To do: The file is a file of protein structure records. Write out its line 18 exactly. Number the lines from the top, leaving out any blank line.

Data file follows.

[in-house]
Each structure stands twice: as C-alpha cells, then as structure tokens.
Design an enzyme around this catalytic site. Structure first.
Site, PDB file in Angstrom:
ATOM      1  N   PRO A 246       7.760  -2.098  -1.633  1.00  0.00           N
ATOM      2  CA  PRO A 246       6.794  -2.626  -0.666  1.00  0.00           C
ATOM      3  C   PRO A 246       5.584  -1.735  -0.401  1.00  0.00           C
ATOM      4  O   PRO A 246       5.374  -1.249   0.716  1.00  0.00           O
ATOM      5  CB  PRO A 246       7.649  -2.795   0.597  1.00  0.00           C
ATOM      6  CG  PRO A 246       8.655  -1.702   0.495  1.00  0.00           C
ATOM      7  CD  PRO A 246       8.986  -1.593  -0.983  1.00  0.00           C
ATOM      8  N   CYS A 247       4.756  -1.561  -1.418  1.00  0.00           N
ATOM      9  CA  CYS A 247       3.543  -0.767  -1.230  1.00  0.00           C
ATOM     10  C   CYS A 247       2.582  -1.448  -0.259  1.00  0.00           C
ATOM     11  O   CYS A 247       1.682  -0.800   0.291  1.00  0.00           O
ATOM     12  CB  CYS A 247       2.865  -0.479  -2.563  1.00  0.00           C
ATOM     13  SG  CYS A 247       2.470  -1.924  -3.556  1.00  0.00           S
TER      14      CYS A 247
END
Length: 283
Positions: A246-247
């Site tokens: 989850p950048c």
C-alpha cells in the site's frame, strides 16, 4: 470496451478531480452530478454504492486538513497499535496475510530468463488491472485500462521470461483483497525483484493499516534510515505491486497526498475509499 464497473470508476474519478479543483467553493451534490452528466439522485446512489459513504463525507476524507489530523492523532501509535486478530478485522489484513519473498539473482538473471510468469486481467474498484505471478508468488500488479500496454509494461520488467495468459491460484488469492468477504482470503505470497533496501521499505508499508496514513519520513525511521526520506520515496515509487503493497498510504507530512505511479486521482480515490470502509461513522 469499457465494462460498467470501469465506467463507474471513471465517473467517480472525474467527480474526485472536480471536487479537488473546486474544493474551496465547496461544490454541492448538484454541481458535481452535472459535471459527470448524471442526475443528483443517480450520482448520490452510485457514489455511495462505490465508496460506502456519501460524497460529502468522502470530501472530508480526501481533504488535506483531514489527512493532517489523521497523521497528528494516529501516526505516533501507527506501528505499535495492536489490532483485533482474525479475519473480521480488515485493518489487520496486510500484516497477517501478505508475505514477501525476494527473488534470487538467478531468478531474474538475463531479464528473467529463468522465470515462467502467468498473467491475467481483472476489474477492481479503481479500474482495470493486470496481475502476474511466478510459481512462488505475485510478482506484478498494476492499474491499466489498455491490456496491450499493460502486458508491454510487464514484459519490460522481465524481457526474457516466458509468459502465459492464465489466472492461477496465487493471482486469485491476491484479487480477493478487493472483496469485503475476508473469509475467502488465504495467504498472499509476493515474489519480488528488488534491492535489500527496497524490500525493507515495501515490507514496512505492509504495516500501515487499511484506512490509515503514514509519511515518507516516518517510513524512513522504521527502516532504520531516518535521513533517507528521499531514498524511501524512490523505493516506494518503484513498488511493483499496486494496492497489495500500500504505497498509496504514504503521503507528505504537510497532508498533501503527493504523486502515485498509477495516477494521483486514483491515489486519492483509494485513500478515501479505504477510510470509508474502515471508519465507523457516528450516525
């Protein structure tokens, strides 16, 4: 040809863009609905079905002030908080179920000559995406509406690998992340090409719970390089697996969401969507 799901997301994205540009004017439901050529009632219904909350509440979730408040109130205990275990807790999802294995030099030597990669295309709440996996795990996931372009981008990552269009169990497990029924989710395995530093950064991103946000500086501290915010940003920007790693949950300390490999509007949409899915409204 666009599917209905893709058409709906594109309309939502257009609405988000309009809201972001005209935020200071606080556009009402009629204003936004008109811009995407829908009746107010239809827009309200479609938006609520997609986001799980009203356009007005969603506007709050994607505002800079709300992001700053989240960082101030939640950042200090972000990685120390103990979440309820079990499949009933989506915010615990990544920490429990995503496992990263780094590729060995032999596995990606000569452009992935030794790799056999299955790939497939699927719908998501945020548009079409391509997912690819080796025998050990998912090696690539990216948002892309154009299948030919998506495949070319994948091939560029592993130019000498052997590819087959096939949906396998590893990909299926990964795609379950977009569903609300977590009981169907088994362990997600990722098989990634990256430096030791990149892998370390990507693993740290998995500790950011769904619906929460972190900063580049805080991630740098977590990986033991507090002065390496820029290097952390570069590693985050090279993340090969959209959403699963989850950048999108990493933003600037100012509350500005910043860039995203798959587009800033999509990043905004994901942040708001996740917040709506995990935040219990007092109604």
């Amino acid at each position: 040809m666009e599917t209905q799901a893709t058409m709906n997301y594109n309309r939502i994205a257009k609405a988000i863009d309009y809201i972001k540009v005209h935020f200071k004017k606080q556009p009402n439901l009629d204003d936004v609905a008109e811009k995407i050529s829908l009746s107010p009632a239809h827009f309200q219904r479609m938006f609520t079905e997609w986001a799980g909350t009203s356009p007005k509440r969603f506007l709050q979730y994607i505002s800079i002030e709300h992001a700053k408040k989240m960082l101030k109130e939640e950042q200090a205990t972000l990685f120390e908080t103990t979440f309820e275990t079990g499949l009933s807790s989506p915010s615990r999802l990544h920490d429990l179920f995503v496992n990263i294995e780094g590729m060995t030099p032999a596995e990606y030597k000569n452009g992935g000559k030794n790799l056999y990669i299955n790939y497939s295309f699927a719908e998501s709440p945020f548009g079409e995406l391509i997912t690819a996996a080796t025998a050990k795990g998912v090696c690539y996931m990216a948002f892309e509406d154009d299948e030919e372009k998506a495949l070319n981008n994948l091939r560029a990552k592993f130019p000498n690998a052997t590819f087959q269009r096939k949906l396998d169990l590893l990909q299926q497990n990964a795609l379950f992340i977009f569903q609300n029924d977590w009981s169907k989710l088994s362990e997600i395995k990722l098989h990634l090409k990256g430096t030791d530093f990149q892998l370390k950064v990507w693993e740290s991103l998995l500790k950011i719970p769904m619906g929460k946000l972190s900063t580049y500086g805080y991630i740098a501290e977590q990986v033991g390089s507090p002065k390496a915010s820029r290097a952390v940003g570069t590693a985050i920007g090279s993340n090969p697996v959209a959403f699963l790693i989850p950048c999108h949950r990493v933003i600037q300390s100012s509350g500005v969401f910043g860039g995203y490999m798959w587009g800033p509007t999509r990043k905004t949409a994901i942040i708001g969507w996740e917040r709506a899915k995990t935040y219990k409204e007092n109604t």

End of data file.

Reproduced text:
TER      14      CYS A 247